Nim Ali Shukos

You can’t imagine my excitement when I found Nim Ali’s popup at Jake’s Tavern on UberEats last week. Hint: it was a LOT of excitement. Given DC’s huge number of pupuserías and pupuserías masquerading as Mexican restaurants (for the folks who don’t know what El Salvador is), it’s suprising that there aren’t more places to find Guatemalan food.

Anyway, I thought about it all week and then planned my whole day around the massive amount of carbs I was soon to ingest from Nim Ali. And did I ever splurge on carbs–two chuchitos, two shukos, and the rellenitas. Our order was ready for pickup right on time and we got home in a hurry, ready for the feast.

Well, I’m sorry to report that Nim Ali is not about to improve the cachet of Guatemalan food. It’s a real shame, too. My main complaint about the rellenitas and the chuchitos is basically the same: bland, bland, bland. The rellenitas were a little better just by virtue of plantains being naturally sweet. Other than that, the beans inside were pretty flavorless. The chuchito dough itself was super thick and gummy (overcooked?), and made up the bulk of the treat, with very little chicken filling. The filling that was there was 80% bones. I know, I know. The bone-in chicken is actually traditional inside chuchitos, but–and I will stand by this–that doesn’t mean it’s right. This is America; we can’t even put toys inside Kinder Eggs, so why would we be able to handle tiny broken chicken bones inside a doughy tamale?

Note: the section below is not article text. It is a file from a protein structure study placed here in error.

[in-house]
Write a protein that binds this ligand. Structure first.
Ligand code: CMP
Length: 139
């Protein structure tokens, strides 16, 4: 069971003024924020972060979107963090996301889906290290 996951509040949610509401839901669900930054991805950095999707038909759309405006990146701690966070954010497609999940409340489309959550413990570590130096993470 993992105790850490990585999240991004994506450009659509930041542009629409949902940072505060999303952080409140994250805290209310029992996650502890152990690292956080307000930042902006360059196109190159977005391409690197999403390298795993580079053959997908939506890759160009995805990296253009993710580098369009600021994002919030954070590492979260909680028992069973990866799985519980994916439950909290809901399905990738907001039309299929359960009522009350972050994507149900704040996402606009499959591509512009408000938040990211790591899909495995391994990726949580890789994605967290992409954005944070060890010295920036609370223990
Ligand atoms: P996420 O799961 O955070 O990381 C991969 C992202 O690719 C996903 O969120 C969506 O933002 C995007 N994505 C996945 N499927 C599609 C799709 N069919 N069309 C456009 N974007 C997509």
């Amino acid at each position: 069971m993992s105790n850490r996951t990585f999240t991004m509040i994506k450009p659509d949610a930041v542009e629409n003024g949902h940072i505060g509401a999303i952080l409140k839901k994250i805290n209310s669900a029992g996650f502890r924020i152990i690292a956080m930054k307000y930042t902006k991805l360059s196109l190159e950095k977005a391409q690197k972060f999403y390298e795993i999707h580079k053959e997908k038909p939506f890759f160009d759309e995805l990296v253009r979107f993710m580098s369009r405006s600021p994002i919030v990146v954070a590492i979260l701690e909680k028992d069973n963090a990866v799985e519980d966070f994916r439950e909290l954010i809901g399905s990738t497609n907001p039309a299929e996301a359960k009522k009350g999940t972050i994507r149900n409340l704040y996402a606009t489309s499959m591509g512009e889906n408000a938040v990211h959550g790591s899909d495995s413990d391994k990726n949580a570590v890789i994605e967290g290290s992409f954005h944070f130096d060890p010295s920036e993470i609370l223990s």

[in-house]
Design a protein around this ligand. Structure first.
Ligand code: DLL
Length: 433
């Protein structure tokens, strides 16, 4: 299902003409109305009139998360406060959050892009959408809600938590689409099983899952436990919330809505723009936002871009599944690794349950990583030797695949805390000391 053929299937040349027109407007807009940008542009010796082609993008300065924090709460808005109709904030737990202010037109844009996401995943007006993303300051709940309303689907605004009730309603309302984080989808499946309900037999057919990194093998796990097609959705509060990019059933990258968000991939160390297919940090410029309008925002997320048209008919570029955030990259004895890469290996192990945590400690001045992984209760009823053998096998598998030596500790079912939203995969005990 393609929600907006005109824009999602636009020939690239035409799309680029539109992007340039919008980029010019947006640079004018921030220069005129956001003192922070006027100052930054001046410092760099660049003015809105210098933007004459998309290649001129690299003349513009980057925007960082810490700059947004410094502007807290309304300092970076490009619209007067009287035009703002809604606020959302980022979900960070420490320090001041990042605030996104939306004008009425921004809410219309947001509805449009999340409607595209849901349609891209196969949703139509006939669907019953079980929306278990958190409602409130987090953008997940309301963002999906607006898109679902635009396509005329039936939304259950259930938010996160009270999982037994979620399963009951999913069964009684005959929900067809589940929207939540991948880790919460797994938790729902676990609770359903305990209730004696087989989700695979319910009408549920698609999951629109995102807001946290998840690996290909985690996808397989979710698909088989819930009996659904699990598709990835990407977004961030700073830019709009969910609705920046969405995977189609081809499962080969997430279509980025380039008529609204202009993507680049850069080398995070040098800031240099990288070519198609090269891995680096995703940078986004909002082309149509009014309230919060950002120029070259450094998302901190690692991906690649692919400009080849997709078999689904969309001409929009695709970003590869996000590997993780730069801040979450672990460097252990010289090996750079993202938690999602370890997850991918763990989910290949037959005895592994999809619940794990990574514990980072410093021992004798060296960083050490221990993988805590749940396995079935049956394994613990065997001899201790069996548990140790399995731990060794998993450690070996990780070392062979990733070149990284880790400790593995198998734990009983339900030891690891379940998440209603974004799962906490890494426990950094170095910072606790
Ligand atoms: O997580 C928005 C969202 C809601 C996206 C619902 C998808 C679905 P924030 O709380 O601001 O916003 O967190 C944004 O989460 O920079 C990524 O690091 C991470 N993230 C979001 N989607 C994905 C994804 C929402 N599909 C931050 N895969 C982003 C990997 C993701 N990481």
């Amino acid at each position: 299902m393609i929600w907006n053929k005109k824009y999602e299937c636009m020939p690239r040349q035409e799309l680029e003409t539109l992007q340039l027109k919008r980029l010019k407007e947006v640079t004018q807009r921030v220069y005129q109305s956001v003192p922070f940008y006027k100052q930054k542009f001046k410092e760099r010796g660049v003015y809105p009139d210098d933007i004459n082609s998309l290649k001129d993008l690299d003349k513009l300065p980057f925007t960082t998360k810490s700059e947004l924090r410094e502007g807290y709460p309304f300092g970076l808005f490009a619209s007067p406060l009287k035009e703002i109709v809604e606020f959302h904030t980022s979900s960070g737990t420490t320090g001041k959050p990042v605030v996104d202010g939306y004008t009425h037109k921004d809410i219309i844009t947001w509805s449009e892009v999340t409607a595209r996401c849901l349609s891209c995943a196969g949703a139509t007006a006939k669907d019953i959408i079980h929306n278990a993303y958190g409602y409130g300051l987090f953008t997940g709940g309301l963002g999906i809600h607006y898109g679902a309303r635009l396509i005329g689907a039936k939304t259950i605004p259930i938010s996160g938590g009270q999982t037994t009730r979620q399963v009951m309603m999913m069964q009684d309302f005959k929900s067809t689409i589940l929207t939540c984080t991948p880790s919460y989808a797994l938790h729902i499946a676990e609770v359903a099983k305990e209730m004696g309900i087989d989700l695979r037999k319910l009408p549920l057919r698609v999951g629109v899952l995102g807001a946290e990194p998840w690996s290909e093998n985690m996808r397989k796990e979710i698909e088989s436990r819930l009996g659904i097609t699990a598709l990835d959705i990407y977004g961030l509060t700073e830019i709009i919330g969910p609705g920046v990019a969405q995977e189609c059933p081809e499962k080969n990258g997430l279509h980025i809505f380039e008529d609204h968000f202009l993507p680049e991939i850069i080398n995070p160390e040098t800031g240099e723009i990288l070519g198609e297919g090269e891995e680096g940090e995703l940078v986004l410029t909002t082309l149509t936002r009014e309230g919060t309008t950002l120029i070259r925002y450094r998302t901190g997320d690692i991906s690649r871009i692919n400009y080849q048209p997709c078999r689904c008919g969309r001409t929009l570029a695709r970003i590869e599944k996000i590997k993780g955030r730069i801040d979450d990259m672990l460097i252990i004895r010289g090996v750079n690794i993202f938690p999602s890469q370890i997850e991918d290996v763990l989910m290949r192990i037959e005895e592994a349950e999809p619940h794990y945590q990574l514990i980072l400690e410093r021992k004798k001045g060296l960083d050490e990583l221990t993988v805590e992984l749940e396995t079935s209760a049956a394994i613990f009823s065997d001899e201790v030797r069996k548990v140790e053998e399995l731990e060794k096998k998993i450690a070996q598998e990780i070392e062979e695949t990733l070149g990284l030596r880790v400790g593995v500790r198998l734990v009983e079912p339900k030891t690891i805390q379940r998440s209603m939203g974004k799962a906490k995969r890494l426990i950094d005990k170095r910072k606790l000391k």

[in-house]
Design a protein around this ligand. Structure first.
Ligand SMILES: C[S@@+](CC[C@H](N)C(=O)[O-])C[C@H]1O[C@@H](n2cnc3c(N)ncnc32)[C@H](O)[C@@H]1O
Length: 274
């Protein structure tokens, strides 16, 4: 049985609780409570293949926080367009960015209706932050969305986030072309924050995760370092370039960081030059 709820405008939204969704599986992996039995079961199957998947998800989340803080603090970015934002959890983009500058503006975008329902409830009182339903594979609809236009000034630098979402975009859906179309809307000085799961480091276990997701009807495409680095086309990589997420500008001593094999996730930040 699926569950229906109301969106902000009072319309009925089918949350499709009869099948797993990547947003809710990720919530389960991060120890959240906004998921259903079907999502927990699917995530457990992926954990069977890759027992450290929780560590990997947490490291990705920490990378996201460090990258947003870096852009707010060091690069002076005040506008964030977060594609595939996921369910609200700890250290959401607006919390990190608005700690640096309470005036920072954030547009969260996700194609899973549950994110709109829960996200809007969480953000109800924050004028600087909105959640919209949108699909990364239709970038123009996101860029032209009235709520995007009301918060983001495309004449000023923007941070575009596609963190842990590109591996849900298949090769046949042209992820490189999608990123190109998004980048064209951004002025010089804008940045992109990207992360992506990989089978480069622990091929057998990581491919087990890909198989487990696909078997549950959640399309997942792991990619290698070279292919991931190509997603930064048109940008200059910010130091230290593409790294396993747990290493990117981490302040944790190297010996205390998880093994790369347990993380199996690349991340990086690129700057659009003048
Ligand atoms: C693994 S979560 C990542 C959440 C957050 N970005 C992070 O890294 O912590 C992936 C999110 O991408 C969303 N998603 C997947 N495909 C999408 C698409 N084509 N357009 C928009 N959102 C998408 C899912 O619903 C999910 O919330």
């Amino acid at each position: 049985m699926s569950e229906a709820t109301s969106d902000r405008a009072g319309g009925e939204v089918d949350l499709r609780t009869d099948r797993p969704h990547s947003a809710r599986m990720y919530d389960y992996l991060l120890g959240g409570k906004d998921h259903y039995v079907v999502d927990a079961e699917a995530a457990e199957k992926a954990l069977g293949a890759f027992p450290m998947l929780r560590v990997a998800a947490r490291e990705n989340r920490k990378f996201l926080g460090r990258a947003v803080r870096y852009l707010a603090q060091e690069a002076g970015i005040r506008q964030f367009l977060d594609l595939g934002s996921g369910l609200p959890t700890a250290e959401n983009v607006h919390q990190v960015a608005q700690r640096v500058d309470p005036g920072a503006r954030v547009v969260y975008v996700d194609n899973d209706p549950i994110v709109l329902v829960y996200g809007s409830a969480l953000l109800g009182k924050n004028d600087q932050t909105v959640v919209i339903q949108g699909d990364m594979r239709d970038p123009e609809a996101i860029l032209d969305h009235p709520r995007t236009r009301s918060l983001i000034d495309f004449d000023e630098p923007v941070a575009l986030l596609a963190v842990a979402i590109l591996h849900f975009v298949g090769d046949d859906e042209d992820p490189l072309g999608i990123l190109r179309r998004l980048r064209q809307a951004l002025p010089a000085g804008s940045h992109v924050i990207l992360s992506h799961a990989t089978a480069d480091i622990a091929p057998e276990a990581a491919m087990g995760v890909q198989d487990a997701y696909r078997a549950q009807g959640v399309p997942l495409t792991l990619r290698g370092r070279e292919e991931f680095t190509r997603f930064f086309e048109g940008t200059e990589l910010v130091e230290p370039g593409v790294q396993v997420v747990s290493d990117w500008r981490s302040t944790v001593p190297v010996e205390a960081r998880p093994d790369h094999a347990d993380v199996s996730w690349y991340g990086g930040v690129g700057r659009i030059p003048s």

I wanted to keep an open mind for the shukos. I got the chorizo for my husband, which was ground chorizo meat instead of a full sausage like in many of the hotdog-based shukos. Mine was the al pastor.

This image is a clear depiction of every shuko:

The good: Nice, crunchy-soft bread and plenty of avocado. The chorizo meat alone was pretty good but nothing terribly special.

The bad: The al pastor pork was fine but once again super underseasoned. And without noticeable pineapple, is this really even al pastor?

The ugly: Yellow mustard. There is exactly one (1) usecase for yellow mustard and this is it: if you get a hotdog at a baseball game and there is literally no other mustard available. That’s it. The only excuse for yellow mustard. It is not good and it completely overpowers everything you could possibly put it on, including chorizo and pork al pastor.

Price: $20 per person.

Bottom line: Nim Ali was like a chorus of sad trombones. If, like me, you miss the sweet plantains, soupy beans, thick tortillas, and fresh papaya of Central America, I highly recommend La Bamba. I hope someone else comes along to fill the void soon.

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